If you want to make money writing in 2016, you’re golden. Teenagers are making millions on YouTube and Instagram. As are novelists on Amazon. Hundreds of thousands of bloggers are making six figures… Why NOT you?
I’ll tell you why. You hit the Pause button. You get scared. You listen to naysayers, instead of ignoring them.
Make money writing in 2016: the opportunities have never been greater
I work with writers every day and I adore my students (you’re my people, and you have all the challenges which I had too once upon a time, so I understand.)
Here’s what I know. No matter who you are, or where you’re at in your writing journey, you can do it: you can succeed. Here’s why: today you have endless, unlimited opportunities. You can turn your words into gold.
Let’s look at five tips to help you to make money from your writing today.
1. Write what sells: who’s buying what?
Three words. Everyone is buying.
For example, reports suggest that 80% of businesses will be using content marketing in 2016. That’s amazing. That means out of every 20 businesses in your local industrial park, 16 could become your clients.
The operative word here is “local”. I know, I know. You want to get writing gigs online, and you can. Think about this however: it’s very easy to load a simple presentation onto your iPad or notebook computer, stroll around a local business park, and within a couple of hours, have at least one writing gig.
An overachieving writer managed to get three gigs — and $6,786 in her PayPal account — just in her local city’s business park. Businesses need word slingers.
Do it — go for a little stroll. It works. It’s EASY. If you’re shy, that’s OK. That’s why you have a presentation. 🙂
2. Focus on relationships: people hire and/ or buy from people they know
Tip: remember that your blog is both your calling card, and your writing sample. It’s an introduction to you, which is why you spend your time blogging. (You do blog, don’t you?)
When it comes to selling your writing, consider this. Broadly speaking, your prospective clients fall into two groups. Those who don’t know your name, and those who do. The first group is larger of course, but the second group is profitable.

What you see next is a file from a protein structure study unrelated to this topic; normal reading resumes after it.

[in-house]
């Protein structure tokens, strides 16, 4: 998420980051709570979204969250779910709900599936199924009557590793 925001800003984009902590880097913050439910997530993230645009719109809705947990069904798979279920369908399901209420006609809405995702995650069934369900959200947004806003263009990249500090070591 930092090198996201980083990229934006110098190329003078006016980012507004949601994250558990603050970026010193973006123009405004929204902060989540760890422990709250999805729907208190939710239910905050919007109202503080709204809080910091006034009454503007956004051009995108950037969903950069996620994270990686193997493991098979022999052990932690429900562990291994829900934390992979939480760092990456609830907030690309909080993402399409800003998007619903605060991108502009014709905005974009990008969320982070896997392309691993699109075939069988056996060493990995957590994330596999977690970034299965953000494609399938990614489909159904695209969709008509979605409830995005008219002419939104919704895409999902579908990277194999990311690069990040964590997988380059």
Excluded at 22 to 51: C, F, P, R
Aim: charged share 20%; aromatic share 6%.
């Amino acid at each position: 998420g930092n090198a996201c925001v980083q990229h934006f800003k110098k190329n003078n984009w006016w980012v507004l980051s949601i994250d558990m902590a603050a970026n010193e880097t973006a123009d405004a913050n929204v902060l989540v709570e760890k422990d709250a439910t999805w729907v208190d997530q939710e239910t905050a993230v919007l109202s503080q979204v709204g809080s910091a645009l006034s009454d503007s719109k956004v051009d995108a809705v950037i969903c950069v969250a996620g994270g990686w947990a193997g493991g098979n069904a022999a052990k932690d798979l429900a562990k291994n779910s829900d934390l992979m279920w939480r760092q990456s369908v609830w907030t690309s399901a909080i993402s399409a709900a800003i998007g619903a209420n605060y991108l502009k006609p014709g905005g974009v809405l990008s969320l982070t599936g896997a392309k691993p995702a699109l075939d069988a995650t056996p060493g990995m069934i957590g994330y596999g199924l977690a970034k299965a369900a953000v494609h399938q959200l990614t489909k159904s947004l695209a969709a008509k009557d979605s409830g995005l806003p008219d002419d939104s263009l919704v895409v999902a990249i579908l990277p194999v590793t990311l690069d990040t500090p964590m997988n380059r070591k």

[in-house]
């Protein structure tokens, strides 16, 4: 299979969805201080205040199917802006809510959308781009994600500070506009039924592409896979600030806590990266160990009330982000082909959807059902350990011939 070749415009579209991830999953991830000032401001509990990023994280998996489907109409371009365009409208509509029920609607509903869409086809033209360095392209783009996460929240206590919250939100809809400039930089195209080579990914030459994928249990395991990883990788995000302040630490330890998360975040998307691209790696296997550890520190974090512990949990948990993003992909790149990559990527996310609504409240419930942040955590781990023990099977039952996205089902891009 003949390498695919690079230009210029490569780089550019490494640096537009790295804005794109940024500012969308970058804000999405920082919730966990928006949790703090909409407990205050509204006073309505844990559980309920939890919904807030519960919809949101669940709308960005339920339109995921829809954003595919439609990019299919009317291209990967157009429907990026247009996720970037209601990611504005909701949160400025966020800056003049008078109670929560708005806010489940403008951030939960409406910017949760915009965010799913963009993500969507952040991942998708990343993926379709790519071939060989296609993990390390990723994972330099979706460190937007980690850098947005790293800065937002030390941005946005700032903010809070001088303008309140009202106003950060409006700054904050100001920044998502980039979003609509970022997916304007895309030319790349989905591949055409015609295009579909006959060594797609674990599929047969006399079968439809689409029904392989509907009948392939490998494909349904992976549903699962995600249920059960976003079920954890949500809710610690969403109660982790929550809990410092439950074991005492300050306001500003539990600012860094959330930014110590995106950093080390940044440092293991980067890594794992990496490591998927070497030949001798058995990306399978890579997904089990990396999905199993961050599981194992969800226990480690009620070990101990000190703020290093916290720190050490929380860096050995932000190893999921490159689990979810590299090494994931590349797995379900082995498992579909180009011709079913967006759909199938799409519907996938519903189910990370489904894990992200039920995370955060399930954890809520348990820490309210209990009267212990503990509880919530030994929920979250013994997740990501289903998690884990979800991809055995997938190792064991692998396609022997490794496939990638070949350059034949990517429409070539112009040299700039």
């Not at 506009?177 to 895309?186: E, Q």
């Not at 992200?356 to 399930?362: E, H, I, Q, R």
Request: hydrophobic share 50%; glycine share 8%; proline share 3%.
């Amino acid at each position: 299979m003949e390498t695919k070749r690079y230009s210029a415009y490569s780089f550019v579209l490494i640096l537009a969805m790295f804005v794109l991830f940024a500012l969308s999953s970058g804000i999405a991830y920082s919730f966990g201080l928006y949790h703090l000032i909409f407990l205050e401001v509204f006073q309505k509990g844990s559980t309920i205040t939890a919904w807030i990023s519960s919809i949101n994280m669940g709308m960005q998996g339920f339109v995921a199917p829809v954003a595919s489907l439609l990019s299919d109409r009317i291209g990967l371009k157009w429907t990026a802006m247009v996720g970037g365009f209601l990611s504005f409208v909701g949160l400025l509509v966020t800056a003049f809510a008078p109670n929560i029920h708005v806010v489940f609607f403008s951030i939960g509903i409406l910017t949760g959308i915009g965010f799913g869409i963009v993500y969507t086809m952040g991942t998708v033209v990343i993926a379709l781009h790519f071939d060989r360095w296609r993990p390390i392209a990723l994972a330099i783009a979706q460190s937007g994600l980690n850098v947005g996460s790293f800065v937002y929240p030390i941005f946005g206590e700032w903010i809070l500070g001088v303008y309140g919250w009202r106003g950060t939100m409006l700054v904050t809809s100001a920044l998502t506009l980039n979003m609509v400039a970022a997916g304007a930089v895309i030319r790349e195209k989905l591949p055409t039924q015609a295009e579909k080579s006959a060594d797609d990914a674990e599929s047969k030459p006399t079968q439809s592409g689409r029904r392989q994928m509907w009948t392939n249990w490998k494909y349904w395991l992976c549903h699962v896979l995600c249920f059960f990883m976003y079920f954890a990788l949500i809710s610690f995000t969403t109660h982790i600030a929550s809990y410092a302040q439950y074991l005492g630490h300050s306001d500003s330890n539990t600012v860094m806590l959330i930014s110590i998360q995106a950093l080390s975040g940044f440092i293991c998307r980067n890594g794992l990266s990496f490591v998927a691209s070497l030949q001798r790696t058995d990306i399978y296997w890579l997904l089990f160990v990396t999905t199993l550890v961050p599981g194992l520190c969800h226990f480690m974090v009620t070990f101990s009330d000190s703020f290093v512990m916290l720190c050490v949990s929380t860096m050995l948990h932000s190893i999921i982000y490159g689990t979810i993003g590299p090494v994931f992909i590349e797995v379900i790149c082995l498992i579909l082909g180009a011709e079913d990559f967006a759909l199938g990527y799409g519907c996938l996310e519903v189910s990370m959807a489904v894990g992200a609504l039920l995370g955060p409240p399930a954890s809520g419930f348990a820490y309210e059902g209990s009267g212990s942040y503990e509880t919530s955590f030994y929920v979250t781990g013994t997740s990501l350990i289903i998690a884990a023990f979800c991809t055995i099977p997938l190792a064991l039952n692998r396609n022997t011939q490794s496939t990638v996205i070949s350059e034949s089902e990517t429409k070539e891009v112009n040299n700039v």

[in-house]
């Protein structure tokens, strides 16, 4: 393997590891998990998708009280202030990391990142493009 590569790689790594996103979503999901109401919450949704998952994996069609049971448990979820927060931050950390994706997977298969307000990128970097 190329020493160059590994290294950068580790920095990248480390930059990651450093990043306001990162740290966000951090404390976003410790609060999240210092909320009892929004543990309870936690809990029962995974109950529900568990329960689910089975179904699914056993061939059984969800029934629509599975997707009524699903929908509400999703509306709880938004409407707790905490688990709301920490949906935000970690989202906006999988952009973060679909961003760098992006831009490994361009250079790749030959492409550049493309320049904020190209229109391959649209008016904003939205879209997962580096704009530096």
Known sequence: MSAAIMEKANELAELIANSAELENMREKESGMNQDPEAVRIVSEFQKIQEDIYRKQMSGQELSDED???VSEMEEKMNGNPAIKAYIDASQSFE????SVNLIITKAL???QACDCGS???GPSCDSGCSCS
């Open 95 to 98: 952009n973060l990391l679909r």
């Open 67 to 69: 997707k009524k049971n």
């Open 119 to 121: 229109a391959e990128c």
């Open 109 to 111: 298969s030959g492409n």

It’s your goal to convert as many prospects as you can from the first group into the second. Your blog helps you to do that.
Another tip. Print a few articles from your blog. Make 20 copies of each article, and staple your business card to each article. Hand out those articles everywhere you can, to all the business owners you meet. And yes, that includes your hairdresser, your accountant, and the local car wash guy.
Their businesses may be too small to be able to afford you, but they have clients too. One student got a $20,000 ghostwriting gig via her hairdresser after I suggested this tactic.
Print out lots of copies of a couple of your articles today.
3. Think: be YOURSELF and get creative
You’re you. No one else. That means that you’re an original, and you can trade on that. What’s your story? Why are you a writer? What drives you?
Here’s a snippet of my story. I became a copywriter when I discovered that writing copy helped small businesses — I loved doing that. I still do. I like knowing that a press release, or a blog post, or a direct mail letter helps someone to do more business.
I also became a writer because I love to read. I never want to run out of great stuff to read, so once I learned that people wrote books… I decided that that’s what I wanted to do, too.
What do you love? You’re a communicator: you can share what you love. Get creative with it. Maybe you love cooking, or football, or traveling. Write about your loves on your blog. Share images on Instagram or Pinterest.
Thousands of food bloggers cook, and blog about it.
“I couldn’t cook!” she laughs. “But I had read about people who had managed illness through lifestyle and diet and was so inspired… so I decided to start writing the blog to learn to cook and explore this new world of healthy eating.”
4. Scared? That’s great! You will be scared, so do what scares you ANYWAY (tell yourself that you’re not scared, you’re excited)
I’ve often shared the story of writing my first novel. I was terrified. I sat at my IBM Selectric typewriter each day with tears running down my face. Worse — when I mailed the manuscript to my editor in London I had to stop the car to be sick on the side of the road. I was a wreck. 🙂
You can be scared — if you’re doing something that’s important to you, I guarantee that you’ll be scared out of your wits.
Tell yourself that you’re not scared, you’re excited. And do it. Doubtless you won’t be the quivering mess that I was, but even if you are, tell yourself that you will do what scares you. After a while — it may take a while — it won’t scare you at all.
Bonus tip: follow your impulses — you know more than you think you do
When I coach writers, my primary aim is always to help the student to trust himself. That’s a challenge. Writers want rules. Believe this: there are NO rules, there’s only what works.
When you get an impulse to do something or other related to writing, follow that impulse. Years ago, when blogs were relatively new, a writer sold his blogging services on eBay. At that time, no one else had done it. It got a lot of attention.
Please don’t be scared of your own ideas and inspirations. Be open to them, no matter how crazy they seem. Ask yourself: what’s the worst that can happen? Your mad idea may not work. But what if it does?
Have you joined our free writing class?
Our first free writing class is: Write More, Write Well.
Upcoming: focus on fiction.
Fiction is all about EMOTION. We’ll explore that in next week’s lesson. Join us.
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